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"Tw As on the border of a stream
And, gilded by the morning beam,
* This fable was first published in a Collection of Letters, supposed to have passed between St. Evremond and Waller.
And sure, more lovely to behold,
Than crimson fading into gold,
The beauteous flower with pride elate,
Vainly affects superior state,
“O lustre of unrivalled bloom!
“Superior far to mortal doom,
“Away, ye worthless, formless race!
“No more my native bed disgrace,
“Shall the bright daughter of the Sun
“Ye slaves, your sovereign's presence shunt
“And thou, dull, sullen ever-green!
“My noon-day beauties beam unseen,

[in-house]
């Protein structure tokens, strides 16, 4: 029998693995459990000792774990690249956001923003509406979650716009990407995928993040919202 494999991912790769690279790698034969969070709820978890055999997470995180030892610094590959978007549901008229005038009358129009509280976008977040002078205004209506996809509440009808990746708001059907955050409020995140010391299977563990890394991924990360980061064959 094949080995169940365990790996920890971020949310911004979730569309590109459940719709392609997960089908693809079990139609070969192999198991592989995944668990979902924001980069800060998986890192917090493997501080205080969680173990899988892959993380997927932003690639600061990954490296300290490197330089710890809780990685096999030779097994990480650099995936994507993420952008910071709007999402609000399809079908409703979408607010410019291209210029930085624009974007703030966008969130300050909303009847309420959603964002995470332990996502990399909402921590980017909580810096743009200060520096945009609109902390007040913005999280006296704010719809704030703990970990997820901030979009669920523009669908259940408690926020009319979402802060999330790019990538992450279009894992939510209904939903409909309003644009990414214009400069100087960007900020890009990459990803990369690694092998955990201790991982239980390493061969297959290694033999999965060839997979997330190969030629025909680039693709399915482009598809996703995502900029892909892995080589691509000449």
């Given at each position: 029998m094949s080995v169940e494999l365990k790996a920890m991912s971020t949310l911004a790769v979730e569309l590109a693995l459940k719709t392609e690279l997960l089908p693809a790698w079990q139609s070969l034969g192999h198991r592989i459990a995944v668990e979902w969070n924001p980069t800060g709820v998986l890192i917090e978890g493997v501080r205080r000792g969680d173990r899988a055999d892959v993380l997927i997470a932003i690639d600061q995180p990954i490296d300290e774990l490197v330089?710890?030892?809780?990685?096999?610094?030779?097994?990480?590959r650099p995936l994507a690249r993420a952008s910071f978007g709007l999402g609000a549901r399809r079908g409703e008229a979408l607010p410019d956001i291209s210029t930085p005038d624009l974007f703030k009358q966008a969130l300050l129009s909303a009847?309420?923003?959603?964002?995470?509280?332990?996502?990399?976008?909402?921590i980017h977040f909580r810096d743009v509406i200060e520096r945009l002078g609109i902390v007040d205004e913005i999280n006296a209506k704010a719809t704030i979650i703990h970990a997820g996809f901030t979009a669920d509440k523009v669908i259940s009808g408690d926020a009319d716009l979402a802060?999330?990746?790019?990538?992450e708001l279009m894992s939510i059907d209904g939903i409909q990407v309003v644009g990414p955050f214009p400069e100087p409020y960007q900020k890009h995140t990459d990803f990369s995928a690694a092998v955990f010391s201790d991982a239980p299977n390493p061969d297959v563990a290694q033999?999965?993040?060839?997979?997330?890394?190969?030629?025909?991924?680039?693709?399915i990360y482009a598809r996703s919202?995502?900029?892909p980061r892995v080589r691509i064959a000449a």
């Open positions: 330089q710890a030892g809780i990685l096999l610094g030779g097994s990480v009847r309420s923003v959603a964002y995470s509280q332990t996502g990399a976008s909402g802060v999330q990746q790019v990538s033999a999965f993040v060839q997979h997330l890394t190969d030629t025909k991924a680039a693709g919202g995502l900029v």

“Deluded flower!” the Myrtle cries,
“The meanest shrub that you despise,
“That daisy in its simple bloom,
“The violet, that, those banks beneath, “Hides from thy scorn its modest head, * Shall fill the air with fragrant breath, “When thou art in thy dusty bed.
“Even I, who boast no golden shade,
“When low thy lucid form is laid,
“And he, whose kind and fostering care
“Shall near his breast my flowrets wear,
“Deluded flower, the friendly screen
“And mocks thy passion to be seen,
“But kindly deeds with scorn repaid,
“I now withdraw my dusky shade,
Fierce on the flower the scorching beam With all its weight of glory fell;
The flower exulting caught the gleam, And lent its leaves a bolder swell.
Expanded by the searching fire,
The mantling bloom was painted higher,
But when the sun was sliding low,
The wanton beauty ceased to blow, -